Can accountants advise on state taxes?

Content Summary

Gary Anders | December 2021

This article was current at the time of publication.

Federal tax advice sets clear boundaries for tax and BAS agents, but state and territory taxes fall into a grey zone.

To provide tax advice on federal taxes, these practitioners  must be registered with the Tax Practitioners Board and operate under the umbrella of the Tax Agents Services Act 2009 (TASA).

Under the TASA, tax agent services are defined as ascertaining or advising on the liabilities, obligations or entitlements of an entity that arise – or could arise – under a federal taxation law.

There are also provisions for BAS agents that are specific to BAS obligations.

Taxes and borders

Operating under the TASA entitles registered tax agents to provide advice on matters relating to federal taxes such as income tax, GST and fringe benefits.

However, because the TASA only relates to federal taxation laws, practitioners need to tread carefully when it comes to advice concerning state and territory tax laws.

That’s because of the inherent risks of potentially breaching state and territory prohibitions around unqualified legal practice.

Put simply, because of the complexities around various state and territory laws, even providing specific advice with regards to non-federal tax laws such as payroll tax and stamp duty could be seen as crossing the boundary between accounting and legal advice.

Each state or territory has its legal profession legislation. For example, in Victoria, it’s called the Legal Profession Act 2004, which prohibits any person from engaging in legal practice when they’re not entitled to.

“A tax agent really needs to ensure they’re not giving advice which is straying into giving legal advice to not fall foul of the various state and territory laws that apply,” says Mills Oakley Private Advisory Taxation Partner, Harry Giannakidis. 

Giannakidis says a tax agent could be regarded as having provided legal advice by ascertaining specific rights or obligations around a particular set of facts if the advice involves reason and consideration of the application of common law principles.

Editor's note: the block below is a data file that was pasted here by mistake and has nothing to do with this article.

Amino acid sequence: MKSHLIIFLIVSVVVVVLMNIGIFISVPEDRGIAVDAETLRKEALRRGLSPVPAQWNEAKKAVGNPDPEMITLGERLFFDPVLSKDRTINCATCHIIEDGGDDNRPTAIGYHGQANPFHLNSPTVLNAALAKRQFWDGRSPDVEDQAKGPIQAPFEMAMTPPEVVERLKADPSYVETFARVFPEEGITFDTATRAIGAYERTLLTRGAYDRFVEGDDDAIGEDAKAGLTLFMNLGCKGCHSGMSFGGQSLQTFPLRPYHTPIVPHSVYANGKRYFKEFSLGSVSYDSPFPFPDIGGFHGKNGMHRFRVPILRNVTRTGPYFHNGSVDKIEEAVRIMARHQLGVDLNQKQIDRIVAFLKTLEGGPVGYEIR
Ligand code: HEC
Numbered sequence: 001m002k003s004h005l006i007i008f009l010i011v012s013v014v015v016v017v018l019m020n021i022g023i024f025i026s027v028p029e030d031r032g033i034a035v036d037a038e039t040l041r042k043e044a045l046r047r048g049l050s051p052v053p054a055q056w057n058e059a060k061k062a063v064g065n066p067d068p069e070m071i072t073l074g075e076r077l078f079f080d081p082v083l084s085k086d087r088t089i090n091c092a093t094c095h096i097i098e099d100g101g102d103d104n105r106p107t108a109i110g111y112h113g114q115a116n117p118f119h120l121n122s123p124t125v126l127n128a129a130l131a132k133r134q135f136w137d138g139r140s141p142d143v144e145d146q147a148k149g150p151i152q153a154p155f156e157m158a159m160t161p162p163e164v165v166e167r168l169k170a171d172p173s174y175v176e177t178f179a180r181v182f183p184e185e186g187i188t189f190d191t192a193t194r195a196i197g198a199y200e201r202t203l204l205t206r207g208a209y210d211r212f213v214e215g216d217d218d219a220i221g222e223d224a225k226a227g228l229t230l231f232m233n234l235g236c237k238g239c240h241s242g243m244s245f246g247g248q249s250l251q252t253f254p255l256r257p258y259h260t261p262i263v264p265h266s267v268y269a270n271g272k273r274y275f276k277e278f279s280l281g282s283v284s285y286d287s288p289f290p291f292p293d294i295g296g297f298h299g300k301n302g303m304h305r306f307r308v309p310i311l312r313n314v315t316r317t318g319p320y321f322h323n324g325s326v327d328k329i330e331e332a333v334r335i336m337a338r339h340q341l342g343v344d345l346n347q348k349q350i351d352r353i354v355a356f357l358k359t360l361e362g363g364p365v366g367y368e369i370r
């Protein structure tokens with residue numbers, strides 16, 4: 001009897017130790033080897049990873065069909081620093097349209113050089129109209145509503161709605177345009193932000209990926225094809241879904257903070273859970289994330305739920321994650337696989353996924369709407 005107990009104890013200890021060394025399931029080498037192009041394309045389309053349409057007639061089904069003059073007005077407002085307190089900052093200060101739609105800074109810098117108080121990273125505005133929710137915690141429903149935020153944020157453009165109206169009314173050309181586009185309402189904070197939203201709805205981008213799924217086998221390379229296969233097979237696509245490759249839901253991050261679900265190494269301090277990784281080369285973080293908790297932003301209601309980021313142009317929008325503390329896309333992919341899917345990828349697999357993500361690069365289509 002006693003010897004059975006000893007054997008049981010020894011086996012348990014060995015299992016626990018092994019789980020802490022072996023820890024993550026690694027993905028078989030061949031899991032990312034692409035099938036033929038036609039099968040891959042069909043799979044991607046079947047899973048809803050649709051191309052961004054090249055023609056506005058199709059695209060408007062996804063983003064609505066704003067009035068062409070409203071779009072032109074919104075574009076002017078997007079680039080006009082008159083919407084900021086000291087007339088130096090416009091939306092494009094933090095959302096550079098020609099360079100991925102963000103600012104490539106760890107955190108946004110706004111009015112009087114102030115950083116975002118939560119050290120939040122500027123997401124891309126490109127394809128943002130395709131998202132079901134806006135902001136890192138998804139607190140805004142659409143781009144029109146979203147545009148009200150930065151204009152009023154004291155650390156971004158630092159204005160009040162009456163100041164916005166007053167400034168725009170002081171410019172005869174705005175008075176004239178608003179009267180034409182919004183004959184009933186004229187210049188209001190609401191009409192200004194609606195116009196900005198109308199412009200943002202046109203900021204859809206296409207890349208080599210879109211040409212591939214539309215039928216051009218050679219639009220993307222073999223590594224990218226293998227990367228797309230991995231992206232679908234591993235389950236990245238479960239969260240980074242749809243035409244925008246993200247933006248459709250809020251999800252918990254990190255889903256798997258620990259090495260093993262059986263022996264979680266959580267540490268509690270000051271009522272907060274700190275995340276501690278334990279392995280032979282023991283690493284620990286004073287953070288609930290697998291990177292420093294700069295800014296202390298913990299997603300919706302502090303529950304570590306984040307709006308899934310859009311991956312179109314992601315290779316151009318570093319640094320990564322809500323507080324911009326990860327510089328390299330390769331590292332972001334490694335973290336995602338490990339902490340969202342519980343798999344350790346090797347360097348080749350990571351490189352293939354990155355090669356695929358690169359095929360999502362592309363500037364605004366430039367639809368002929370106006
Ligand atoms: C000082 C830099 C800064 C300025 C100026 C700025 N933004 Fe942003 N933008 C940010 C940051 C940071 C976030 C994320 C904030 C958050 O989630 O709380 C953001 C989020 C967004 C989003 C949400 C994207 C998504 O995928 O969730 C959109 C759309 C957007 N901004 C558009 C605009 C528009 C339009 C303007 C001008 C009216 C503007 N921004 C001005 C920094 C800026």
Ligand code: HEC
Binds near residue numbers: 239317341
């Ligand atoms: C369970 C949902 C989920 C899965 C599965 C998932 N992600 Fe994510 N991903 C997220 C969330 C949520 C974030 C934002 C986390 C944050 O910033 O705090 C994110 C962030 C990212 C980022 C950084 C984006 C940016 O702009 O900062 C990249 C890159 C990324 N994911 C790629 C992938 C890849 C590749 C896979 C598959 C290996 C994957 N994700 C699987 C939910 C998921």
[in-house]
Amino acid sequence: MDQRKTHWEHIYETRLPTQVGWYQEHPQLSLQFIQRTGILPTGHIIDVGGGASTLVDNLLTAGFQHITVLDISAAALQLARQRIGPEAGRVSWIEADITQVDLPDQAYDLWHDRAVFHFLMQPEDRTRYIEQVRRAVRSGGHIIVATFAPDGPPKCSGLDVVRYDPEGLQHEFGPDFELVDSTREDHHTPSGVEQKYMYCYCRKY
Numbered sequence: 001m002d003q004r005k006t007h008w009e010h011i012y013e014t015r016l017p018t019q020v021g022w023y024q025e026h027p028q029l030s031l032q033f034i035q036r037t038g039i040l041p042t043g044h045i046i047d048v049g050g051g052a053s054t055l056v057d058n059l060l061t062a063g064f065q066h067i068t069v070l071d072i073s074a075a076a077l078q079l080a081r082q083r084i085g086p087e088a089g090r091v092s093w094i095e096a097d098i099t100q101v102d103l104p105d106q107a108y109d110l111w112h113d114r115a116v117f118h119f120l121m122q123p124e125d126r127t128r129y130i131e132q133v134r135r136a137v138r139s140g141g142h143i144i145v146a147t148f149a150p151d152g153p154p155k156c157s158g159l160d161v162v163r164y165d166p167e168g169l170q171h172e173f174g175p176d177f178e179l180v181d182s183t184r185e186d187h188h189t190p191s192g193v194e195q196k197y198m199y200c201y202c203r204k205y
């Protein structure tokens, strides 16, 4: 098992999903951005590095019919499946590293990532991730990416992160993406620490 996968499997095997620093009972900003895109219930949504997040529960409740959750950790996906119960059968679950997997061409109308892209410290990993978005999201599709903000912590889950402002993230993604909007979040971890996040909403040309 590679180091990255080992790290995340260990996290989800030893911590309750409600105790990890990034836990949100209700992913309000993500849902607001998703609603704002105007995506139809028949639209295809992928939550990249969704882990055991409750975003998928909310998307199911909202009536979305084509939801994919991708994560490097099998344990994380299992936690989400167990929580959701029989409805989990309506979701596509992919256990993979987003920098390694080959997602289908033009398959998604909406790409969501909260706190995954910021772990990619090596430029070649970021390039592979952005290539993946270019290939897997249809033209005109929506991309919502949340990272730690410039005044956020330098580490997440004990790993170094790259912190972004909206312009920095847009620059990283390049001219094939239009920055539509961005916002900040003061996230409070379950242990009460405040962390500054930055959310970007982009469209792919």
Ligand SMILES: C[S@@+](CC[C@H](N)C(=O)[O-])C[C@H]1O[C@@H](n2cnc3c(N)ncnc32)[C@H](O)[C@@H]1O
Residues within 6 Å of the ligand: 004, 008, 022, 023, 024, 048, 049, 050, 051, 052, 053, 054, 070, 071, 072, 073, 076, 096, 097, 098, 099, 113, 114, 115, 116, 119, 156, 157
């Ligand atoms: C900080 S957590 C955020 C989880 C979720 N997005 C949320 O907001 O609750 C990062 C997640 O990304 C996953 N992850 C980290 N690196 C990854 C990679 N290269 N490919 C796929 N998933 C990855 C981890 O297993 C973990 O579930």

This would include interpretation of a legal agreement, deed, will, or anything that is part of determining specific liabilities.

What is legal advice?

“On a lay person’s analysis of what is or isn’t legal advice, generally they would have to do some sort of analysis of what would be expected of a lawyer,” Giannakidis explains.

“That wouldn’t include things such as advising a client of what payroll tax rates are or if stamp duty would be payable if there was a transfer of property, especially where those matters are fairly simple and standard. 

“But it is grey because if it’s advice that can be given without it being an analysis of documents and case law and the legislation, then it’s probably something [accountants] can advise on and it is unlikely to be considered legal advice.”

Regardless, Giannakidis says if circumstances raise doubt or require interpretation over the application of statutes, regulations, rulings and court decisions, tax agents have to leave the answers to a lawyer.

“The TASA won’t protect a tax agent [if they stray] into the provision of legal advice relating to a state tax liability.”

Know the boundaries

Giannakidis notes that when a situation is clear-cut and the client is not expecting legal advice, it’s likely practitioners can advise. He adds that many of the accountants he works with know where the boundaries lie on state taxes and seek advice when applicable.

“In my experience, a lot of accountants do come to us for that advice, but I’m not told everything [about] what they do or advise their clients.”

Giannakidis says it all boils down to whether a tax agent is providing legal advice around a tax issue.

“It’s important to remind tax agents that they need to be careful they’re not performing a broad analysis and forming an opinion without the backing of advice from a lawyer.

“It applies equally with advising on federal tax law. It may be legal advice if it requires you to read a document such as a sale agreement and try and work out what the respective rights of the parties are and interpret what the liability is.”